When I came back to the Mac I kept using rsync, but after a year or two decided to switch to SuperDuper!. I’d been reading that some versions of rsync didn’t copy certain Mac file resources. SuperDuper! didn’t have that problem and would make a fully bootable backup. That second feature was what sold me. The value of having an immediately bootable backup is much clearer when you’ve spent a day or so reinstalling software.

When Time Machine first came out, I was skeptical and stuck with SuperDuper!. There were reports of difficulties, and I didn’t want any of that. I’ve stayed away from Time Machine to this day, which probably isn’t smart. You’re more likely to lose a file to an inadvertent Trashing than to a hard disk failure, and my current recovery option is limited to yesterday’s version of all my files. If I mistakenly delete a file and don’t notice for two days, that file is gone. Time Machine, which I understand is much improved, would fix that.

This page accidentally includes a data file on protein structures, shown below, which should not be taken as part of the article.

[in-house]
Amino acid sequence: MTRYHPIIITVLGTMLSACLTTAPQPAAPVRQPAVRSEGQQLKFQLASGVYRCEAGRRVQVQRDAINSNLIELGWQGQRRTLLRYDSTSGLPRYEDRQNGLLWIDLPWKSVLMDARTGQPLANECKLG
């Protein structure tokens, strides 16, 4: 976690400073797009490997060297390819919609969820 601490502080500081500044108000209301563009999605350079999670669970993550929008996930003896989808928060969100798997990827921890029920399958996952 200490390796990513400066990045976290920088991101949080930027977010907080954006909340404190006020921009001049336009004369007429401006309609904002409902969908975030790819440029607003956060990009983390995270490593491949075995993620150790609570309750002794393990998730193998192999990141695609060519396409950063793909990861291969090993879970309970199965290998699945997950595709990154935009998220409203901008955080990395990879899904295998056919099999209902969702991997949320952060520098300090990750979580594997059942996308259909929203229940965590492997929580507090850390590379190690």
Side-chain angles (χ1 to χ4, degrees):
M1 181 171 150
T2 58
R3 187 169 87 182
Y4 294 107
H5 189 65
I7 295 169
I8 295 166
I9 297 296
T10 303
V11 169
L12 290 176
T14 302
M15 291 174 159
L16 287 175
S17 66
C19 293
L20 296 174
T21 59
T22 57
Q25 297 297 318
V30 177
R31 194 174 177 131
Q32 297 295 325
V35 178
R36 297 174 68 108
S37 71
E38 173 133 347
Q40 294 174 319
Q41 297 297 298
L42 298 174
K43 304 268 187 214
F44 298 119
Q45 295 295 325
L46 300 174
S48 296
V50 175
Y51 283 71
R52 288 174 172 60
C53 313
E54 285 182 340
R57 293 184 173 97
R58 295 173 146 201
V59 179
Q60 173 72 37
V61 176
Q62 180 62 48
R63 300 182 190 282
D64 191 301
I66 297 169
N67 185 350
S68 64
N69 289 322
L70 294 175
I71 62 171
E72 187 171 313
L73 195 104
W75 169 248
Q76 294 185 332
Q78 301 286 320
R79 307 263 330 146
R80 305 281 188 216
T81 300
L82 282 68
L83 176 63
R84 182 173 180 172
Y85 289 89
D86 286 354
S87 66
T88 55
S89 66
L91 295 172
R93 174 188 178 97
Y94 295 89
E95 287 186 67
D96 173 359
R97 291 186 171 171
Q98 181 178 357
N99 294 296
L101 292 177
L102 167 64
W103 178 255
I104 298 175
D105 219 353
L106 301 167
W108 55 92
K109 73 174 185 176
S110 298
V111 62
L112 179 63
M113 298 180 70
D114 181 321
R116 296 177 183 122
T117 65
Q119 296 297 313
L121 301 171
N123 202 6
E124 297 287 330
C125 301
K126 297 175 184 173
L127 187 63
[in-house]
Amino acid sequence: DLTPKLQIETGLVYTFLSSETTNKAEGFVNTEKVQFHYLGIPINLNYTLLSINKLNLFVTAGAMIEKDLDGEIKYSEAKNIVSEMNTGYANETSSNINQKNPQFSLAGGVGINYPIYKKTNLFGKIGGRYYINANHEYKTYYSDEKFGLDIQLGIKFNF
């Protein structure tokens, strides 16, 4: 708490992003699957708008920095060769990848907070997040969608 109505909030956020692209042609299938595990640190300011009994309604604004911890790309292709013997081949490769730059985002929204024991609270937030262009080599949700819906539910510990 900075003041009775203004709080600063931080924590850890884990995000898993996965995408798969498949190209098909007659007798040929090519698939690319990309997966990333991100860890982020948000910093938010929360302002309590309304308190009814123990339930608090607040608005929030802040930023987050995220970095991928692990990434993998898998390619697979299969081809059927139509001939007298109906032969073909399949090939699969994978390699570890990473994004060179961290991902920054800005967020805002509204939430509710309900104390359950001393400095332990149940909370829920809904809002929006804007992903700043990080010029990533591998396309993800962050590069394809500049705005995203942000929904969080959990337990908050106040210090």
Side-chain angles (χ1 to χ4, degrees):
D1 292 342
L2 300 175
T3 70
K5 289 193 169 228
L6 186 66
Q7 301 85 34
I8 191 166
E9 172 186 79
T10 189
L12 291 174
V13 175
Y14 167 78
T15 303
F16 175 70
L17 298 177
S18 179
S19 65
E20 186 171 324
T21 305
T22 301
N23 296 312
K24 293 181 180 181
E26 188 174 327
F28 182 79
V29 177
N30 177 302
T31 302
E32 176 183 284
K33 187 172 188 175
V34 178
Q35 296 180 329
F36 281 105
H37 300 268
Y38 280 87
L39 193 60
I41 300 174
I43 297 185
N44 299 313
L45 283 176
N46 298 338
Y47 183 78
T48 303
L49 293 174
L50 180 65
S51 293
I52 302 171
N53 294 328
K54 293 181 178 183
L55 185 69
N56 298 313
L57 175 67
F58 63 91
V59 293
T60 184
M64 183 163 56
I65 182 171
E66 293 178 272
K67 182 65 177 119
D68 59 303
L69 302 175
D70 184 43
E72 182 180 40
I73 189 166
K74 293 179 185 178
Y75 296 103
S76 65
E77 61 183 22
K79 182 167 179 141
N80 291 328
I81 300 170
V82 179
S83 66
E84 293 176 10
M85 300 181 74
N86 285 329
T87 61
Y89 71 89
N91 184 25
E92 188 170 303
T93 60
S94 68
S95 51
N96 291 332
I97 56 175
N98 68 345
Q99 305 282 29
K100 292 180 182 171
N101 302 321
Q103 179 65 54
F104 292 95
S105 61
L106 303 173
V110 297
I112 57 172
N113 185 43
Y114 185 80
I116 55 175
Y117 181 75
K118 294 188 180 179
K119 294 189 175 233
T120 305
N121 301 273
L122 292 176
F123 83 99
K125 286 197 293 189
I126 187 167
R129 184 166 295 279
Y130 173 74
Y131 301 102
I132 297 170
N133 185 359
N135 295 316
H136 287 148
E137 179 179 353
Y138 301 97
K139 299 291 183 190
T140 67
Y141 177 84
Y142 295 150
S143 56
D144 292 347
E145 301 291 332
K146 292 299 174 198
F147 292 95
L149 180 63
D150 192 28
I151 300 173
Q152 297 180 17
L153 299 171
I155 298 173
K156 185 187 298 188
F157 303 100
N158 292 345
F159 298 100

I don’t want to give up SuperDuper!, though, because Time Machine backups aren’t bootable. So I’m considering a two-backup strategy: one with SuperDuper! as I have now and another with Time Machine. Is this overkill? Hard disks are awfully cheap these days.

And then there’s the option of backing up to the great “cloud.” There’s a lot of competition in this area, which has driven the cost down. My biggest concern with cloud backup is doing the initial upload. My office is in an odd location, and we don’t have many inexpensive options for internet service. What we have right now is asymmetric—much faster download speeds than upload speeds. This is fine for most of what we do, but it means the initial backup to a cloud storage service will take forever. That’s always held me back, but maybe it should have spurred me to get started sooner.